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Wednesday, November 26, 2014

Cellular Communication – Another “Truth” Destroyed

Posted by jlwile on January 20, 2014

The insulin-producing cells in the islets of the pancreas use a communication strategy that is probably not the most common form in nature (click for credit).

The insulin-producing cells in the islets of the pancreas use a communication strategy that is probably not the most common form in nature (click for credit).

Naturalistic evolutionists are forced to look at the world very simply. After all, they think there is no plan or design in nature. Instead, they believe that random events filtered by natural selection are responsible for all the marvels we see today. Because of this unscientific way of thinking, they tend to look for simple processes to explain amazingly complex interactions in nature. Cellular communication is a perfect example of how this simplistic way of looking at things can produce serious errors.

In order for the different cells of an organism to be able to work together, they must communicate with one another. One of the most well-studied versions of cellular communication is called endocrine communication, and the insulin-producing cells in the islets of the pancreas (illustrated above) provide an example of how it works. These cells produce insulin, which is then released into the bloodstream. When cells in the liver, skeletal muscles, and fat tissues are exposed to this chemical, they absorb glucose (a simple sugar) from the blood. By controlling the release of insulin from the pancreatic islets, then, the body can control how much glucose is in the blood.

Now, of course, this is a great design for cellular communication that needs to affect a wide array of cells in many different places. It makes the release of the chemicals easy to control but their effect long-ranging. As a result, when the body needs widespread communication in different cells, endocrine communication is used. However, there are often times when cells need to communicate with other cells that are nearby. This is called paracrine communication, and biologists have taught (as fact) for many, many years that paracrine communication happens in essentially the same way as endocrine communication. For example, one of the volumes of the Handbook of Cell Signaling says:1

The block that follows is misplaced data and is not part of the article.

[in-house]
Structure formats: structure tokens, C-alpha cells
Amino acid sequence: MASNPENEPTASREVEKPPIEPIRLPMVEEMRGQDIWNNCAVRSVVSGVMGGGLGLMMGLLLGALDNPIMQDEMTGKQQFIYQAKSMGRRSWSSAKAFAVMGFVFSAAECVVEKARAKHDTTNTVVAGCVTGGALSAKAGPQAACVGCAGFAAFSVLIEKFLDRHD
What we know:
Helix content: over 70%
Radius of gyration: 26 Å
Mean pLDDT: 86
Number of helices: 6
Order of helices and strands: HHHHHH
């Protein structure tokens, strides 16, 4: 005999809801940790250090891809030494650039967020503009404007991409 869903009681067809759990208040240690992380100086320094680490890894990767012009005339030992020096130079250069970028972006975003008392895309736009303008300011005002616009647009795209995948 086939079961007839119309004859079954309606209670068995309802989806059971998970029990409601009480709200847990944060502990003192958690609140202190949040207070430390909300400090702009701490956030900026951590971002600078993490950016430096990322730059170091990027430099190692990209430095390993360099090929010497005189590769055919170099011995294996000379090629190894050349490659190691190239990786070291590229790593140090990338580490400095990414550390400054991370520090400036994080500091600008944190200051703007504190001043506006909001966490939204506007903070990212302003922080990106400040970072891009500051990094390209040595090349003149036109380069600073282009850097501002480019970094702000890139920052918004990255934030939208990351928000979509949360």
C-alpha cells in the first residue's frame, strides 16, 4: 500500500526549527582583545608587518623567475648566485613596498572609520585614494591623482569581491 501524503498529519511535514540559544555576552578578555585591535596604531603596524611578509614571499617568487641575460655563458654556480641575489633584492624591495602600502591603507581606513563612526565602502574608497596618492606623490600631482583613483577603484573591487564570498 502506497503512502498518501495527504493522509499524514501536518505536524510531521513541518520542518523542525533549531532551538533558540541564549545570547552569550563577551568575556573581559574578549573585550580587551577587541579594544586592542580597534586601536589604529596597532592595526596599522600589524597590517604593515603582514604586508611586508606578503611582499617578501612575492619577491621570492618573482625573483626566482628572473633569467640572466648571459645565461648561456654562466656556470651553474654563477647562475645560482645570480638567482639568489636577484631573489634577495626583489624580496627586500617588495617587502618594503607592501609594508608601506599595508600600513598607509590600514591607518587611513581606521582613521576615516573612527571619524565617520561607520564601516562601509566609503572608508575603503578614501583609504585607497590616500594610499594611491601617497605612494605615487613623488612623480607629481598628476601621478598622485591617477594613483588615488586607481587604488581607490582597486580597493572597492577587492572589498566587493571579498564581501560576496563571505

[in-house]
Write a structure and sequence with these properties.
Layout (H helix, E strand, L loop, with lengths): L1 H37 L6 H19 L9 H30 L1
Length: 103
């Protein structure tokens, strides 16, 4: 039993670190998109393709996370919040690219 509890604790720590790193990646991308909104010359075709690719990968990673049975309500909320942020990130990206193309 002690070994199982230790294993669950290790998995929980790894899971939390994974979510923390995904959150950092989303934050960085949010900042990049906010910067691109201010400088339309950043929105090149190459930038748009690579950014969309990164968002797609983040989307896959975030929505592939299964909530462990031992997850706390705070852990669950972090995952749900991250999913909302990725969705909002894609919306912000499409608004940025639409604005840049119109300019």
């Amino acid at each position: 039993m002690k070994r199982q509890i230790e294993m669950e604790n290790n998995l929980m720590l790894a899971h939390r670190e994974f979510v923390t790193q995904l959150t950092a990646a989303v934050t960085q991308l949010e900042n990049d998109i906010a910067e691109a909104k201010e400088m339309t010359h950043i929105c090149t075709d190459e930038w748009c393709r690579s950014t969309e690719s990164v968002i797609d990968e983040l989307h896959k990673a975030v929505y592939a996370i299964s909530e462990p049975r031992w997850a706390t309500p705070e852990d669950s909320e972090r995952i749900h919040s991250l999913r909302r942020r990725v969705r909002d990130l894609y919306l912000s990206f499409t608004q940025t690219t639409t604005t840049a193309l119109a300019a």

Paracrine interactions induce signaling activities that occur from cell to cell within a given tissue or organ, rather than through the general circulation. This takes place as locally produced hormones or other small signaling molecules exit their cell of origin, and then, by diffusion or local circulation, act only regionally on other cells of a different type within that tissue. (emphasis mine)

In other words, a cell releases some signaling chemicals, and those chemicals simply have to find their way to their targets via diffusion or some other local means of movement. Of course, such a signalling scheme is rather inefficient for communication with nearby cells, and new research indicates that it’s not the way paracrine communication is done.

Sougata Roy and his colleagues showed that in fruit flies, cells that want to communicate over short distances don’t simply release their signaling chemicals and hope for the best. Instead, these cells produce long tubes, called cytonemes, that can extend across the length of up to 100 cells! When those tubes touch their intended target, the signaling molecules are sent through the tubes so they can arrive at the very cell for which they are intended.2 This, of course, is a much more efficient way for cells to communicate when they are relatively close to one another.

Here’s an analogy. Suppose you are waiting in line for a movie and you see a friend about 30 people ahead of you. You want to talk to him to see if he would like to sit with you during the movie. Of course, you could just yell at him, but because the place is crowded and other people are talking, he might not hear you. Instead, you text him. He receives your text, and as a result, you both enjoy the movie together. Obviously, the text is a more efficient means by which to communicate with your friend, because the communication goes directly to him and no one else. In a similar way, a cell could communicate with another cell by just throwing out a bunch of chemicals and hoping they get to the target cell, even though lots of other cells are exposed to them. It’s more efficient, however, for the cell to send those chemicals directly to the target cell, bypassing the cells that don’t need to be signaled.